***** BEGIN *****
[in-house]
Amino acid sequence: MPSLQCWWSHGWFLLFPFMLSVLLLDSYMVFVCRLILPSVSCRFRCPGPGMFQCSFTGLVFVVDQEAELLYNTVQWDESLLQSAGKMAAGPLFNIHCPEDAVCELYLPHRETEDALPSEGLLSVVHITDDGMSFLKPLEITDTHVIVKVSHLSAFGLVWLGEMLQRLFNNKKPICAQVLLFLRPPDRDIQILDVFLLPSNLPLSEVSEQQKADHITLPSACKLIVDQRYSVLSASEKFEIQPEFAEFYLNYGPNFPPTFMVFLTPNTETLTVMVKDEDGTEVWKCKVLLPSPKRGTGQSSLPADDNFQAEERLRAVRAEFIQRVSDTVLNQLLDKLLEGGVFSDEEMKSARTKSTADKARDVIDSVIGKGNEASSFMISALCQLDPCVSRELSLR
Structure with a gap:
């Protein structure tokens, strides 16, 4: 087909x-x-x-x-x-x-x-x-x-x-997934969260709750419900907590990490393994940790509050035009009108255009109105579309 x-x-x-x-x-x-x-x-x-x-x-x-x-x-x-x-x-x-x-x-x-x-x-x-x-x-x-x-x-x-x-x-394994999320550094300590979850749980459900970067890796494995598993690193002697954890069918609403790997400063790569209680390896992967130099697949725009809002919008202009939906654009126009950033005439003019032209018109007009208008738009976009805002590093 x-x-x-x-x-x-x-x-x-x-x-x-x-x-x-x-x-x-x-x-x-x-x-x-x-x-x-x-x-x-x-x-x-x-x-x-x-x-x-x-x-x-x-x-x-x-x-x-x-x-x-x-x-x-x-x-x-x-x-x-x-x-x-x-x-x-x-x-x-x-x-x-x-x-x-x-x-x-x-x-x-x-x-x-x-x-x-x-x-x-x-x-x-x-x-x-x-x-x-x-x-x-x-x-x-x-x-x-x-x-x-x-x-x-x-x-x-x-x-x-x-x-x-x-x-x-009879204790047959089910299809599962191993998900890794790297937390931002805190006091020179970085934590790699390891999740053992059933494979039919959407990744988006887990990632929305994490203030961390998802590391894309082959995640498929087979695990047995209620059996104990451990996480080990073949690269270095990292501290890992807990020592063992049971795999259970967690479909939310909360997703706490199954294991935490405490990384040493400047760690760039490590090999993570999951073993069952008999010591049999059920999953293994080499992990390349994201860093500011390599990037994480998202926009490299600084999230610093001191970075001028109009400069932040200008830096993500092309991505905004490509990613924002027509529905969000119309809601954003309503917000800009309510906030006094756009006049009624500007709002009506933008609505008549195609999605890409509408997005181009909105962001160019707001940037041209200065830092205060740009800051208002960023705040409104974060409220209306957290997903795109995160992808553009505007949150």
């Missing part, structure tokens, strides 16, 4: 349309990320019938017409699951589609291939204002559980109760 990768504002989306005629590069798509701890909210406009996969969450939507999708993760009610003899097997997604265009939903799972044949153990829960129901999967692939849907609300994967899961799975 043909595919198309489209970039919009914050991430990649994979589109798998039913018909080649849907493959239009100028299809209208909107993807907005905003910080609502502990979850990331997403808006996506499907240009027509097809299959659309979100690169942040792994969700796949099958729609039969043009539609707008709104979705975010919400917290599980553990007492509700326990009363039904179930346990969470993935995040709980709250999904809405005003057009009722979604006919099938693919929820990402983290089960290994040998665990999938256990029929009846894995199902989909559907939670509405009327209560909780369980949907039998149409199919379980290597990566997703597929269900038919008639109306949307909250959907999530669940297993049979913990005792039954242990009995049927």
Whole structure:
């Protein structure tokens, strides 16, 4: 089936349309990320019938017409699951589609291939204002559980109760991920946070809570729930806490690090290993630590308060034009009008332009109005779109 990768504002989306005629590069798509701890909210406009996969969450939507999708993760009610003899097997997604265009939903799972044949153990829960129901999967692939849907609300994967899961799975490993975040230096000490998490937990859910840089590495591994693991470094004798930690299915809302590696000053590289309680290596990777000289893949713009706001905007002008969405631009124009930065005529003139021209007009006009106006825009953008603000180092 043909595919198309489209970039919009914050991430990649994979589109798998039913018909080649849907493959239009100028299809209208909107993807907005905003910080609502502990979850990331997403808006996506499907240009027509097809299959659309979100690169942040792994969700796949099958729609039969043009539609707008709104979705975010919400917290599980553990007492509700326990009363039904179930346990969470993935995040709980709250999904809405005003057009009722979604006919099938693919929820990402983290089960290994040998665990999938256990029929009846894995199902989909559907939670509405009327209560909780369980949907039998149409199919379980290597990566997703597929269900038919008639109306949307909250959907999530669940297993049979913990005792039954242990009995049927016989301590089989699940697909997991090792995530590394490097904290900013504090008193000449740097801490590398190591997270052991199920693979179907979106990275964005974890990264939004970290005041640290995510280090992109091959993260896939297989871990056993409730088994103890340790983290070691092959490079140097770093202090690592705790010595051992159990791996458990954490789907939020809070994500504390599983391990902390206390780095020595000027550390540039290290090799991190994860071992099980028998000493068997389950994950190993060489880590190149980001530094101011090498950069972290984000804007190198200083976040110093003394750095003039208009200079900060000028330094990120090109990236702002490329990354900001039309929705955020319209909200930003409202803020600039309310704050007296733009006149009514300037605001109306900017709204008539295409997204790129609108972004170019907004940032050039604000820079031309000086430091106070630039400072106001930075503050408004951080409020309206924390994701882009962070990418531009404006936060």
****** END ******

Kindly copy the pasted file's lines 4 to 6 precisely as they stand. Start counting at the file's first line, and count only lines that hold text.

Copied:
């Protein structure tokens, strides 16, 4: 087909x-x-x-x-x-x-x-x-x-x-997934969260709750419900907590990490393994940790509050035009009108255009109105579309 x-x-x-x-x-x-x-x-x-x-x-x-x-x-x-x-x-x-x-x-x-x-x-x-x-x-x-x-x-x-x-x-394994999320550094300590979850749980459900970067890796494995598993690193002697954890069918609403790997400063790569209680390896992967130099697949725009809002919008202009939906654009126009950033005439003019032209018109007009208008738009976009805002590093 x-x-x-x-x-x-x-x-x-x-x-x-x-x-x-x-x-x-x-x-x-x-x-x-x-x-x-x-x-x-x-x-x-x-x-x-x-x-x-x-x-x-x-x-x-x-x-x-x-x-x-x-x-x-x-x-x-x-x-x-x-x-x-x-x-x-x-x-x-x-x-x-x-x-x-x-x-x-x-x-x-x-x-x-x-x-x-x-x-x-x-x-x-x-x-x-x-x-x-x-x-x-x-x-x-x-x-x-x-x-x-x-x-x-x-x-x-x-x-x-x-x-x-x-x-x-009879204790047959089910299809599962191993998900890794790297937390931002805190006091020179970085934590790699390891999740053992059933494979039919959407990744988006887990990632929305994490203030961390998802590391894309082959995640498929087979695990047995209620059996104990451990996480080990073949690269270095990292501290890992807990020592063992049971795999259970967690479909939310909360997703706490199954294991935490405490990384040493400047760690760039490590090999993570999951073993069952008999010591049999059920999953293994080499992990390349994201860093500011390599990037994480998202926009490299600084999230610093001191970075001028109009400069932040200008830096993500092309991505905004490509990613924002027509529905969000119309809601954003309503917000800009309510906030006094756009006049009624500007709002009506933008609505008549195609999605890409509408997005181009909105962001160019707001940037041209200065830092205060740009800051208002960023705040409104974060409220209306957290997903795109995160992808553009505007949150």
């Missing part, structure tokens, strides 16, 4: 349309990320019938017409699951589609291939204002559980109760 990768504002989306005629590069798509701890909210406009996969969450939507999708993760009610003899097997997604265009939903799972044949153990829960129901999967692939849907609300994967899961799975 043909595919198309489209970039919009914050991430990649994979589109798998039913018909080649849907493959239009100028299809209208909107993807907005905003910080609502502990979850990331997403808006996506499907240009027509097809299959659309979100690169942040792994969700796949099958729609039969043009539609707008709104979705975010919400917290599980553990007492509700326990009363039904179930346990969470993935995040709980709250999904809405005003057009009722979604006919099938693919929820990402983290089960290994040998665990999938256990029929009846894995199902989909559907939670509405009327209560909780369980949907039998149409199919379980290597990566997703597929269900038919008639109306949307909250959907999530669940297993049979913990005792039954242990009995049927």
Whole structure: